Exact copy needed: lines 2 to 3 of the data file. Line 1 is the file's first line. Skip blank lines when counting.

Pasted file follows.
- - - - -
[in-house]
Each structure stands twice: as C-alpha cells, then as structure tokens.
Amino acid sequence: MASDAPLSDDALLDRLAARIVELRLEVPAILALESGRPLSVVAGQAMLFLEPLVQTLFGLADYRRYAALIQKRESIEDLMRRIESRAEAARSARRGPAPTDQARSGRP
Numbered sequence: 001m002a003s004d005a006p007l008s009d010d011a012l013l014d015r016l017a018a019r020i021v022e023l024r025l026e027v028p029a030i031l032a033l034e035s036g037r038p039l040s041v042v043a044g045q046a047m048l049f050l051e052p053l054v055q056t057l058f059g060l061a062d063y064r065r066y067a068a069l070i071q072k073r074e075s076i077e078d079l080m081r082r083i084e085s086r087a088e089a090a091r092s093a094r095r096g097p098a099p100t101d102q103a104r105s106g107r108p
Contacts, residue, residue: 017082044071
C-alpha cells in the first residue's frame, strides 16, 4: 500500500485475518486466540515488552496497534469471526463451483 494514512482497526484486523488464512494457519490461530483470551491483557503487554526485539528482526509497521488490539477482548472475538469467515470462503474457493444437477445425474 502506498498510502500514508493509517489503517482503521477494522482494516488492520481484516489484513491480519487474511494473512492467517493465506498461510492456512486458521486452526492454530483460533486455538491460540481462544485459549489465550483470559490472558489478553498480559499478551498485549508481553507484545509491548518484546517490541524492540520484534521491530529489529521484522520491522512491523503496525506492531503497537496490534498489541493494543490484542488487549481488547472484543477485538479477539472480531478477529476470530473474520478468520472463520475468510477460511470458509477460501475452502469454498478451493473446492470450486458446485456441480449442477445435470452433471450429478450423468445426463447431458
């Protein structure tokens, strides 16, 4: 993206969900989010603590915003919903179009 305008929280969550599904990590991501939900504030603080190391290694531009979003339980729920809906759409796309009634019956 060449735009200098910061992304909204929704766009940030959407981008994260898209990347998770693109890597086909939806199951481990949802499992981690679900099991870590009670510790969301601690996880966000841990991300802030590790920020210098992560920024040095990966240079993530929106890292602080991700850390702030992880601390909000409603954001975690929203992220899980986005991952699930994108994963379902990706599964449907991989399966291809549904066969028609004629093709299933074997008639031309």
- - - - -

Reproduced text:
Each structure stands twice: as C-alpha cells, then as structure tokens.
Amino acid sequence: MASDAPLSDDALLDRLAARIVELRLEVPAILALESGRPLSVVAGQAMLFLEPLVQTLFGLADYRRYAALIQKRESIEDLMRRIESRAEAARSARRGPAPTDQARSGRP